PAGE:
Mr. Market

The Intelligent Investor, a book Warren Buffet said was ”by far the best book on investing ever written,” introduces us to an interesting character.

That character is Mr. Market, and he is an allegory to help us understand the irrationality of the markets and the mistakes they can cause individual investors.

In my own interpretation of the character, let’s imagine you are buying a home.

This is going to be your home for the next 30 years, so you inspect it and make sure it has good bones – ready for the long haul.

You buy it for $300,000.

With some maintenance and updates along the way, you believe you’ll be able to sell it for more than you paid 30 years from now.

But the first day after moving in, a strange man knocks at the door. He’s disheveled and speaks to you franticly. He offers to buy the home for $280,000.

You decline of course.

The next day, he comes back with a price of $275,000.

The man seems crazy, but you can’t help but begin to question whether he’s right. Did I buy a lemon of a home? Was this a mistake?

You shut the door.

The next day, he comes back dressed nicely and in a much better mood. He offers to buy your house for $310,000.

That makes you feel better about your purchase, but you’re just a few weeks into a house you’re planning to live in for decades, so you decline.

Now imagine if this happened every day for the next 30 years. It might drive you mad. One day, with your emotions high or low, you might make a decision that goes against your 30-year plan. A decision you might come to regret.

This obviously seems insane. This isn’t going to happen to any homeowner and you’re better off for it.

But this is what happens every single day as a stock investor. Every day, you are getting signals in the form of positive or negative returns. Seemingly, these are reminders that you made a bad choice or a good choice.

But it’d be better to view these day-to-day swings as visits from the irrational man, Mr. Market.

The crazy guy who comes shouting almost random prices based on the mood he’s in that day.

A carefully crafted portfolio is like your forever home.

A diversified basket of investments that’s built for the long term.

Regular maintenance and updating will surely be required along the way.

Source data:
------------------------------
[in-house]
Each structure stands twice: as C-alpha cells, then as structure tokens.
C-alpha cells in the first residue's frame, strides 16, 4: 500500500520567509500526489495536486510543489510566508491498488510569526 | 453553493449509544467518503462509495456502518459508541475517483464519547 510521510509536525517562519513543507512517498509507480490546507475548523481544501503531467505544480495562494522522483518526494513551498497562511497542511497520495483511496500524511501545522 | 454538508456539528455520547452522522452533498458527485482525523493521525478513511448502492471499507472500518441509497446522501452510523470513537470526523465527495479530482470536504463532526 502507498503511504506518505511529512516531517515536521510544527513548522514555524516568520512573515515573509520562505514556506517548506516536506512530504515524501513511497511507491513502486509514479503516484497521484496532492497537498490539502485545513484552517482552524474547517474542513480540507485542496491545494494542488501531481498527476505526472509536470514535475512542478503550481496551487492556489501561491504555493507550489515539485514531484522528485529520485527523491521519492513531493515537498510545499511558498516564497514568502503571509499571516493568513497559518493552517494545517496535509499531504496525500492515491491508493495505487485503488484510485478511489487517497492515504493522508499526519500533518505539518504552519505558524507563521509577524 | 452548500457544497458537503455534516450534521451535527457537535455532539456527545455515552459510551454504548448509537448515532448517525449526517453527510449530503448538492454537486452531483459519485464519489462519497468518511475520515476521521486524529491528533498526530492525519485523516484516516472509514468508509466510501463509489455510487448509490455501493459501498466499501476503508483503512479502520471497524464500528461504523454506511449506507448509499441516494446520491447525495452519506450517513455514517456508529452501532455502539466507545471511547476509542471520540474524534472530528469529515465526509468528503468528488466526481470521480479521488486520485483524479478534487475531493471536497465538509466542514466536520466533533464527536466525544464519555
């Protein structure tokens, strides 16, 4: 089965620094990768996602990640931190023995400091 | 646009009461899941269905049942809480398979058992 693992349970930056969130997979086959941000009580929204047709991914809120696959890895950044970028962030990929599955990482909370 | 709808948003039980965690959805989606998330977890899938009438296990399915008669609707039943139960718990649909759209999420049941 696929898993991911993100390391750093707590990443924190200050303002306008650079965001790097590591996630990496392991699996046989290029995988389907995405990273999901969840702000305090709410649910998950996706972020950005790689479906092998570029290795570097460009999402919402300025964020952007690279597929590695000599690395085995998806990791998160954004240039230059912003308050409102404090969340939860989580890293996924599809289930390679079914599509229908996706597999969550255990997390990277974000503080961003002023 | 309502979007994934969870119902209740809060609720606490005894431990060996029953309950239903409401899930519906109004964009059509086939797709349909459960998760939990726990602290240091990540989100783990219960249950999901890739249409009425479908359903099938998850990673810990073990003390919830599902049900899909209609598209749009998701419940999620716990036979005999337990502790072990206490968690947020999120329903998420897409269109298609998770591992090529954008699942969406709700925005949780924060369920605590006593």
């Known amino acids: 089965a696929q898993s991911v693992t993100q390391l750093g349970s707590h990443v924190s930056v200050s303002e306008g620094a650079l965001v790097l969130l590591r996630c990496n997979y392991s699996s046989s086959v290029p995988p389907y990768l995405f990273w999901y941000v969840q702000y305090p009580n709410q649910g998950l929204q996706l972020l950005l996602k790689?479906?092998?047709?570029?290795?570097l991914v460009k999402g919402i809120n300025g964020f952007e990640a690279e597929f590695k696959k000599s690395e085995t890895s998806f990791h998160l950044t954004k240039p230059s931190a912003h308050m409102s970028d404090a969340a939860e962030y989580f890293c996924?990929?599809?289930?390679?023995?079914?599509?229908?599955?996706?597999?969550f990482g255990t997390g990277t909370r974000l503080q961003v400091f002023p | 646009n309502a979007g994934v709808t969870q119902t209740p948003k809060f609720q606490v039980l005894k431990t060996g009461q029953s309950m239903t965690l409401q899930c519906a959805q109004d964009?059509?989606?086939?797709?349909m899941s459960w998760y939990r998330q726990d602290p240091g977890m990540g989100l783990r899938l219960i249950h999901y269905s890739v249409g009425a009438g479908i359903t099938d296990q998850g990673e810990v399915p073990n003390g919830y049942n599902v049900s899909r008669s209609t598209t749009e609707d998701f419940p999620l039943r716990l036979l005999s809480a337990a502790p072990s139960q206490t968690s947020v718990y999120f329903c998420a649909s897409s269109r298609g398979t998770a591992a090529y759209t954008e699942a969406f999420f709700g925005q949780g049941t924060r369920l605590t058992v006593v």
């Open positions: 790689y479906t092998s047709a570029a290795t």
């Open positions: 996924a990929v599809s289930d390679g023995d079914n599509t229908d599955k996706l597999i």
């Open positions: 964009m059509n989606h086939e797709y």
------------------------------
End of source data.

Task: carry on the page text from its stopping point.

But those regular visits from Mr. Market shouldn’t cause you to rip up the foundation and start over.

If the house still fits your needs, shut the door and ignore him.

If your portfolio is still designed in a way that meets your goals and objectives, tune out whatever panic or manic episode the market is having that day.

We believe shutting that door gives you the best possible chance of investment success and the ability to enjoy your day-to-day life.

That seems like a pretty good combination to me.

Should you want to do a review of your own long-term investment portfolio, I’m always available to meet.

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Calvin McKenney

Author: Calvin McKenney

Cal is a financial advisor at Fortune Financial in Minnetonka, Minn. When you work with Cal, you receive a lifelong ally who is committed to listening to you, researching your options, weighing tried and true methods with the latest strategies, and finally, empowering you to make a decision that supports your overall wellbeing.

Calvin is a registered representative and investment advisor representative of Cetera Advisor Networks, LLC.

Calvin McKenney is a Financial Advisor offering securities through Cetera Advisor Networks LLC, member FINRA/SIPC. Advisory Services offered through Cetera Investment Advisers LLC, a registered investment adviser. Cetera is under separate ownership from any other named entity. 10261 YELLOW CIRCLE DRIVE, MINNETONKA, MN 55343. 952.908.2500